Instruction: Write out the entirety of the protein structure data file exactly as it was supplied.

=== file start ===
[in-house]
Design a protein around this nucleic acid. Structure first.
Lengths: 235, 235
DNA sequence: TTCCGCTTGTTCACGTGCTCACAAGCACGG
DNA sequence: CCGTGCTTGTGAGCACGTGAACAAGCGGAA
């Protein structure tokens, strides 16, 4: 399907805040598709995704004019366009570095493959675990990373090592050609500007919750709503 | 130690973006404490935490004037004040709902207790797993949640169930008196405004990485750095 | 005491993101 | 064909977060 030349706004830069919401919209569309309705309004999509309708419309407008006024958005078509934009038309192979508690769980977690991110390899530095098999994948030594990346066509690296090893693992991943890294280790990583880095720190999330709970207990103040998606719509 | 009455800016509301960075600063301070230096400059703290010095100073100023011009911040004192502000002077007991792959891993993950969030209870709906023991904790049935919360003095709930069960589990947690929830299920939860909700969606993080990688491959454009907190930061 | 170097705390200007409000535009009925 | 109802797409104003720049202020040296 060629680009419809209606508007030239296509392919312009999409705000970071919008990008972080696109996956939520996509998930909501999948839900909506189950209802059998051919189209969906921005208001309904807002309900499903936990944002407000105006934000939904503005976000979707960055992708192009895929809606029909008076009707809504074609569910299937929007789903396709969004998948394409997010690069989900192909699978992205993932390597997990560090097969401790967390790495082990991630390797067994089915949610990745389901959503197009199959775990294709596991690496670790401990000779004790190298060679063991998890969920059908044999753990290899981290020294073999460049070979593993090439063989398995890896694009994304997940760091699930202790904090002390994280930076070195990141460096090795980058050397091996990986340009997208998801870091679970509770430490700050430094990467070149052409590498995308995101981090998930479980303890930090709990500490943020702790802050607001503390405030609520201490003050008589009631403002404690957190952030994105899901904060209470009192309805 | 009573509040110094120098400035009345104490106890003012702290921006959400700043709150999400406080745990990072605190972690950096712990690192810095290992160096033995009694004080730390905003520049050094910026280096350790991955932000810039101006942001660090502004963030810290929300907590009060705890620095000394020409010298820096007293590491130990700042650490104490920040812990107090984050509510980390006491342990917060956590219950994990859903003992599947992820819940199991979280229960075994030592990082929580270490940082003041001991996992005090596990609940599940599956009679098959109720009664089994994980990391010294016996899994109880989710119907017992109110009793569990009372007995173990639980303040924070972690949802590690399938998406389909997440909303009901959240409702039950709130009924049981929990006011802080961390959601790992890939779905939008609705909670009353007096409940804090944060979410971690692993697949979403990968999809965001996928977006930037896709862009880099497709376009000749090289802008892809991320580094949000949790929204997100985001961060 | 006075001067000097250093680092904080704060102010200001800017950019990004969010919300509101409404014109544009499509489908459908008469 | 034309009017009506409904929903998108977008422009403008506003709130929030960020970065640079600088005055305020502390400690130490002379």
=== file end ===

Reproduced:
[in-house]
Design a protein around this nucleic acid. Structure first.
Lengths: 235, 235
DNA sequence: TTCCGCTTGTTCACGTGCTCACAAGCACGG
DNA sequence: CCGTGCTTGTGAGCACGTGAACAAGCGGAA
């Protein structure tokens, strides 16, 4: 399907805040598709995704004019366009570095493959675990990373090592050609500007919750709503 | 130690973006404490935490004037004040709902207790797993949640169930008196405004990485750095 | 005491993101 | 064909977060 030349706004830069919401919209569309309705309004999509309708419309407008006024958005078509934009038309192979508690769980977690991110390899530095098999994948030594990346066509690296090893693992991943890294280790990583880095720190999330709970207990103040998606719509 | 009455800016509301960075600063301070230096400059703290010095100073100023011009911040004192502000002077007991792959891993993950969030209870709906023991904790049935919360003095709930069960589990947690929830299920939860909700969606993080990688491959454009907190930061 | 170097705390200007409000535009009925 | 109802797409104003720049202020040296 060629680009419809209606508007030239296509392919312009999409705000970071919008990008972080696109996956939520996509998930909501999948839900909506189950209802059998051919189209969906921005208001309904807002309900499903936990944002407000105006934000939904503005976000979707960055992708192009895929809606029909008076009707809504074609569910299937929007789903396709969004998948394409997010690069989900192909699978992205993932390597997990560090097969401790967390790495082990991630390797067994089915949610990745389901959503197009199959775990294709596991690496670790401990000779004790190298060679063991998890969920059908044999753990290899981290020294073999460049070979593993090439063989398995890896694009994304997940760091699930202790904090002390994280930076070195990141460096090795980058050397091996990986340009997208998801870091679970509770430490700050430094990467070149052409590498995308995101981090998930479980303890930090709990500490943020702790802050607001503390405030609520201490003050008589009631403002404690957190952030994105899901904060209470009192309805 | 009573509040110094120098400035009345104490106890003012702290921006959400700043709150999400406080745990990072605190972690950096712990690192810095290992160096033995009694004080730390905003520049050094910026280096350790991955932000810039101006942001660090502004963030810290929300907590009060705890620095000394020409010298820096007293590491130990700042650490104490920040812990107090984050509510980390006491342990917060956590219950994990859903003992599947992820819940199991979280229960075994030592990082929580270490940082003041001991996992005090596990609940599940599956009679098959109720009664089994994980990391010294016996899994109880989710119907017992109110009793569990009372007995173990639980303040924070972690949802590690399938998406389909997440909303009901959240409702039950709130009924049981929990006011802080961390959601790992890939779905939008609705909670009353007096409940804090944060979410971690692993697949979403990968999809965001996928977006930037896709862009880099497709376009000749090289802008892809991320580094949000949790929204997100985001961060 | 006075001067000097250093680092904080704060102010200001800017950019990004969010919300509101409404014109544009499509489908459908008469 | 034309009017009506409904929903998108977008422009403008506003709130929030960020970065640079600088005055305020502390400690130490002379």